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The Independent Culture
! Damned to Fame: The Life of Samuel Beckett by James Knowlson, Bloomsbury pounds 8.99. How exactly was it that the "arrogant, disturbed, narcissistic" younger Beckett evolved into a good husband, fighter for the French Resistance and a man "noted later for his extraordinary kindness, courtesy, concern, generosity and almost saintly 'good works'?" The answers lend this biography an unusually deep and satisfying shape, and it's a marvellous work of literary criticism also, compendious, scrupulous and acute. Knowlson, a leading Beckett scholar, was given full access to Beckett's friends and family, to hitherto unseen diaries and - for only five months, sadly, before SB's death in 1989 - to the man's own memories. Our hero authorised Knowlson's researches thus: "To biography of me by you it's Yes."

! Fairy Tale by Alice Thomas Ellis, Penguin pounds 6.99. Mercilessly elitist, completely camp, a non-sufferer of fools and a brilliant trad-English cook: that's Alice Thomas Ellis, and that's why she's just about the best novelist ever to cheer you up on a blue and fluey afternoon. Like the Ellises which precede it, this one features a bunch of callow English townies adrift in rural Wales. "It wasn't fair," thinks Eloise. "She had sacrificed all the stimulus of city life for a cleaner, clearer existence, only to discover that nothing ever happened." And there's the sophisticated older woman, who speaks with the authentic Ellis voice: "She had no tender feelings for the upper classes, but on the whole perhaps they had done less harm than the merely wealthy." The plot, as usual, features some blithe New Age hanky-panky which shrivels, hilariously, under Ellis's basilisk eye, and she cooks up an excellent picnic for the finale.

! Terra Incognita: Travels in Antarctica by Sara Wheeler, Vintage pounds 6.99. The ancient Greeks knew that Antarctica just had to be there. There had to be something at the bottom to balance the white expanse at the top. The medievals assumed it would be rich, fertile and full of people. As Captain Cook first reported, however, it turned out to be "cold hell". Wheeler undertook her southernmost travels in 1994, as Writer in Residence at the US South Pole Station, a male-dominated preserve. Her account is less arty than Jenny Diski's Skating to Antarctica or Francis Spufford's I May Be Some Time (why the interest in ice all of a sudden? Is it something to do with the ozone hole?) but it's thoroughly engaging, and packed with wondrous anecdotes: the geologist, for example, who used live baby penguins as toilet paper (don't write in, please). And then there's Wheeler's present- day travelling companion who "married" his Harley-Davidson motorcycle in a ceremony at his local bike shop. According to him, it happens all the time.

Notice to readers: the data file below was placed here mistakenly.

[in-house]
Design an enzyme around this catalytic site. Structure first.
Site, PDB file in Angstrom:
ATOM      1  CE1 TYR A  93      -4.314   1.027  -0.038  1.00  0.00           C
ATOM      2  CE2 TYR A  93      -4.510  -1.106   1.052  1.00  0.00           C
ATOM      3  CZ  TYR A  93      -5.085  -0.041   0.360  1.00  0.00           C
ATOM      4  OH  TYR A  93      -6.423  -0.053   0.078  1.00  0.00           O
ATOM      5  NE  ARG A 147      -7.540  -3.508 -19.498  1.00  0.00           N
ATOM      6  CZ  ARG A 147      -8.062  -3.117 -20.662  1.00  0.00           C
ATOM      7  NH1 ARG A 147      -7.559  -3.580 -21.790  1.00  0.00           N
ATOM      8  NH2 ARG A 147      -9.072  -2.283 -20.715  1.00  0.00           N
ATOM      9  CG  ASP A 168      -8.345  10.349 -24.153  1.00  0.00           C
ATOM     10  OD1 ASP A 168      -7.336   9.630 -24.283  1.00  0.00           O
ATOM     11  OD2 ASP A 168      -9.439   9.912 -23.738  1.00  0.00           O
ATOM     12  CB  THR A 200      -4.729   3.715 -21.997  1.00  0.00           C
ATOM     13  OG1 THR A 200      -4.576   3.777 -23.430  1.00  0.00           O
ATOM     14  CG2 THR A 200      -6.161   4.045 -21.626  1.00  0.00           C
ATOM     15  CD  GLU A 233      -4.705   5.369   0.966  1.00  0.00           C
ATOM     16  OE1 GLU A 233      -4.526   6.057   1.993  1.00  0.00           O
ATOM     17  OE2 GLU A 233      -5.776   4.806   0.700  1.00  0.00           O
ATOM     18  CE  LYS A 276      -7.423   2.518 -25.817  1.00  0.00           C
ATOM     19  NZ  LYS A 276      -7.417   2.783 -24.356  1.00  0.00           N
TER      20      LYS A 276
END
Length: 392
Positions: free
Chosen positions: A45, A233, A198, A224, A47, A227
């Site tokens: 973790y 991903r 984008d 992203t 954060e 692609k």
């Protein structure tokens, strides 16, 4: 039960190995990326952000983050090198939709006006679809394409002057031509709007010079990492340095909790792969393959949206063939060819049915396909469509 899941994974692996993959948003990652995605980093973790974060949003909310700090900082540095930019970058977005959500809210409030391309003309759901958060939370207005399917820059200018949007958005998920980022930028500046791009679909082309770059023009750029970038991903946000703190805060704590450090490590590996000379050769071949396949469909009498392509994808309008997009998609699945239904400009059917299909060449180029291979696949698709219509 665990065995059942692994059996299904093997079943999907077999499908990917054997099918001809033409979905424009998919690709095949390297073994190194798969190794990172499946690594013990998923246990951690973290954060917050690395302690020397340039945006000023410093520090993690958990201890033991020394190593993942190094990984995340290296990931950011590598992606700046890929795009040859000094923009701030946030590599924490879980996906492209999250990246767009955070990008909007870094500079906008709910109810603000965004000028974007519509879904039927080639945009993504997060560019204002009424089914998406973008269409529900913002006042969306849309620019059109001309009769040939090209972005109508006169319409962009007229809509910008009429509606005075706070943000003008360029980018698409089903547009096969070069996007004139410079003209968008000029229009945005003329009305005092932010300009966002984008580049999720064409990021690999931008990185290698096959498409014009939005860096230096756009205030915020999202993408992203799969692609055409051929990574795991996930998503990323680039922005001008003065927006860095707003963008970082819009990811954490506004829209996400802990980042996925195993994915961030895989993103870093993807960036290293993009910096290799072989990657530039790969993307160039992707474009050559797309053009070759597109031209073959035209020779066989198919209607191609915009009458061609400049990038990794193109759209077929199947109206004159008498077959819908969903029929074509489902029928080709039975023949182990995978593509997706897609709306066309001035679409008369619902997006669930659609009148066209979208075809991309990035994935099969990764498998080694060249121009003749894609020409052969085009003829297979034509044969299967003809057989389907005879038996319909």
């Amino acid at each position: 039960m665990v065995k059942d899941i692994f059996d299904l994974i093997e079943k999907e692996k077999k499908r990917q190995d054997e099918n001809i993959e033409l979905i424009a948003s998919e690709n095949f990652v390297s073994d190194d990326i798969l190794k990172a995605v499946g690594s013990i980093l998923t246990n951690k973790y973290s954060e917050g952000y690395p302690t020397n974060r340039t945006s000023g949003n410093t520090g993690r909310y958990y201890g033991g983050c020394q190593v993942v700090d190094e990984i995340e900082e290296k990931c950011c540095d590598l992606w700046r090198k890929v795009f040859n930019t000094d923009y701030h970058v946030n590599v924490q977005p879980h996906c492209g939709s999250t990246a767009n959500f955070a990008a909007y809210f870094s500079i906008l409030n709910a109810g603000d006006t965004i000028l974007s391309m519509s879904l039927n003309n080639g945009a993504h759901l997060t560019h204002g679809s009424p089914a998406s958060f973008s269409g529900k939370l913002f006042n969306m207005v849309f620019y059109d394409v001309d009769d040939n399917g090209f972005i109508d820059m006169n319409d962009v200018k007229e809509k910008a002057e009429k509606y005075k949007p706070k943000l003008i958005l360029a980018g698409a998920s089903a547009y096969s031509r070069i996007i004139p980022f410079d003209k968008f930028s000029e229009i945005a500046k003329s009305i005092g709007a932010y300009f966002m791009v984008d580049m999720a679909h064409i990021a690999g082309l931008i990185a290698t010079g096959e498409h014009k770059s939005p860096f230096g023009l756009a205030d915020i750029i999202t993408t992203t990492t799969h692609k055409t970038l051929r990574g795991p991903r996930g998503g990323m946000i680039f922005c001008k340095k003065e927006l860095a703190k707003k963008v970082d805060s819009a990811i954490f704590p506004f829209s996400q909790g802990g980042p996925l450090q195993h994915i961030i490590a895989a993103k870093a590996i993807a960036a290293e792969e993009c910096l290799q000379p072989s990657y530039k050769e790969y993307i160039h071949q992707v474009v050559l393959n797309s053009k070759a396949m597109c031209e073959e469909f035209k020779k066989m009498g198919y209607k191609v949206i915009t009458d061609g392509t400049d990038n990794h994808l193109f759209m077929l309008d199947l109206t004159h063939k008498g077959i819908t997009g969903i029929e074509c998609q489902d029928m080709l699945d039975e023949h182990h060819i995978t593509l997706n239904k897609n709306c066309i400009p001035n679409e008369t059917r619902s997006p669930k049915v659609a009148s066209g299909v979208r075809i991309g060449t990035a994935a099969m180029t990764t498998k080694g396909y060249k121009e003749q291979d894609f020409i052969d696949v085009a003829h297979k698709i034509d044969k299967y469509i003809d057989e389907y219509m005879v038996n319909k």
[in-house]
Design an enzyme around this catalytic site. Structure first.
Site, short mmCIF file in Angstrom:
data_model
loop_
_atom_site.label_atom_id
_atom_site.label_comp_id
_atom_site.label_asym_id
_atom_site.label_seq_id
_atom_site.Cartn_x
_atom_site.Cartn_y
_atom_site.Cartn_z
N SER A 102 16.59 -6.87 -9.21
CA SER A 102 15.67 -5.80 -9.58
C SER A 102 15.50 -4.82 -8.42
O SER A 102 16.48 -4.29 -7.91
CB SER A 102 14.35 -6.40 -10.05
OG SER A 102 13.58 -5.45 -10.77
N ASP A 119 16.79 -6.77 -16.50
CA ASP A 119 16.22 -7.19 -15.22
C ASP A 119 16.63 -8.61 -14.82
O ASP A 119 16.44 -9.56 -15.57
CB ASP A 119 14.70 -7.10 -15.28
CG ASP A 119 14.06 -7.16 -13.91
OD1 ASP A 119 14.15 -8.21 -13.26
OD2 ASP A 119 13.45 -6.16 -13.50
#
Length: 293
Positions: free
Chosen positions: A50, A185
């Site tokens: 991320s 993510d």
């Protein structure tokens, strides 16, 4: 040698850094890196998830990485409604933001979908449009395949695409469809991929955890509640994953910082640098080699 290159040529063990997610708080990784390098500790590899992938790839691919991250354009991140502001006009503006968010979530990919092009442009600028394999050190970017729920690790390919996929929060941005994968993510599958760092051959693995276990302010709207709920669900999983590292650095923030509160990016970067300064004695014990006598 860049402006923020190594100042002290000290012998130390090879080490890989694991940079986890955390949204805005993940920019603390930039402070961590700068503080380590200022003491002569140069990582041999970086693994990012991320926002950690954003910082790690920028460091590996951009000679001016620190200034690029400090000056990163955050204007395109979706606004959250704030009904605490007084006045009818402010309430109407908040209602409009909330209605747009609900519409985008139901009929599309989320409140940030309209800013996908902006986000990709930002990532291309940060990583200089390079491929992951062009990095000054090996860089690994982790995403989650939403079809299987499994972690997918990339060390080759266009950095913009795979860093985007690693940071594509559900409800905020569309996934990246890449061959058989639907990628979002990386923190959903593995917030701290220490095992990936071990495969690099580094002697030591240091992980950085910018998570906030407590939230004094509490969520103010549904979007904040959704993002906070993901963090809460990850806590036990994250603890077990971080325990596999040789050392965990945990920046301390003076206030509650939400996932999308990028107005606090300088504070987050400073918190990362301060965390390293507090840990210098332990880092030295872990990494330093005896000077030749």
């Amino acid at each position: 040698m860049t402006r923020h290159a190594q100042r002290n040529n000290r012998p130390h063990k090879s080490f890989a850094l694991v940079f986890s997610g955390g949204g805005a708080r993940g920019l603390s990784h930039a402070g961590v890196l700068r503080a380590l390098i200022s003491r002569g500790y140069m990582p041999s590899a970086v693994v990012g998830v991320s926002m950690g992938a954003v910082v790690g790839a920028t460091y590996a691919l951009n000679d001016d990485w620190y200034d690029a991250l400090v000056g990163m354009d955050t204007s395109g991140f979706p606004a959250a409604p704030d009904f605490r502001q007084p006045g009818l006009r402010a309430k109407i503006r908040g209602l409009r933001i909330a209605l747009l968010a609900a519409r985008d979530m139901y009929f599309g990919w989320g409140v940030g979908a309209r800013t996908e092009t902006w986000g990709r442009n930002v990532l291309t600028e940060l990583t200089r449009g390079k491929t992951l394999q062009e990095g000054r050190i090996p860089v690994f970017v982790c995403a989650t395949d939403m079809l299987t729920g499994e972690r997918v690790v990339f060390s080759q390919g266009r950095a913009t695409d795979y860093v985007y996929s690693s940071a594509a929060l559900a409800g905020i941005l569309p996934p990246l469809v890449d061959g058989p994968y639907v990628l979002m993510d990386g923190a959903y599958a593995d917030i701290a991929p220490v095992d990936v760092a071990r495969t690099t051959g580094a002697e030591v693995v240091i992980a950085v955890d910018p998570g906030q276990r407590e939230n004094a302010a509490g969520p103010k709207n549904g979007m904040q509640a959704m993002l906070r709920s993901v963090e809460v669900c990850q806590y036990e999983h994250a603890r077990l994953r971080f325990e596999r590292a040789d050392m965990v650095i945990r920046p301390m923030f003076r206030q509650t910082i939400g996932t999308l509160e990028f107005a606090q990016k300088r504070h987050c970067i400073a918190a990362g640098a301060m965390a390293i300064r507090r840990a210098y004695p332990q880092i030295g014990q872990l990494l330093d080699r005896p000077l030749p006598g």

! Milton in America by Peter Ackroyd, Vintage pounds 6.99. John Milton, as we know, was a committed Roundhead. Things were getting tricky for him by 1660, with Charles II on his way back to London and the Commonwealth about to fail. So Ackroyd imagines him fleeing to America, in search of the brave new Puritan colonies, only to get shipwrecked on the way. The first half alternates between the voices of Milton - devout, grandiloquent, blind - and the helper he has brought with him from London, a rollickingly cheery lad called Goose. It moves deep into the poet's anguished visions as the newly-built Commonwealth of New Milton is threatened by Ralph Kempis, freshly arrived from England to found his own Roman Catholic settlement next door. The whole is a masterly pastiche of 17th-century literature, first comic, later tragic - inventive and brilliantly sustained, if a little obvious in places and thin.

! The Hottest State by Ethan Hawke, Flamingo pounds 5.99. William, a Manhattan actor, is 20 when he falls in love with Sarah, a shy and complicated girl who says things like "I wish I could spend my life in a room writing songs" ("She said this," William tells us, "with the air of someone who hadn't been invited to very many parties"). When their affair founders, William is left crazed with frustrated desire. A well-worn formula, perhaps, but one that Ethan Hawke (himself an A-list celebrity since his starring role in Before Sunrise) lifts into the first division. He manages to capture the cut-glass emotions of obsessive first love with exquisite precision and wit and the writing is refreshingly open, whether detailing the ups and downs of the affair or when casting back over William's childhood and memories of his parents' divorce.

Patagonia: Natural History, Prehistory and Ethnography at the Uttermost End of the Earth edited by Colin McEwan, Luis A Borrero and Alfredo Prieto (British Museum Press pounds 14.99) traces the history of the Patagonian people (whom Darwin unkindly dubbed 'the most miserable wretches on earth') from the arrival of the hunter-gatherer nomads some 10-14,000 years ago through their adaptation, survival and eventual extinction. Fascinating detail and illustrations include this group of Yamana women and girls at Bahia Orange, Isla Hoste, in 1882-3; the book accompanies an exhibition at the Museum of Mankind, London W1, from tomorrow until 31 December

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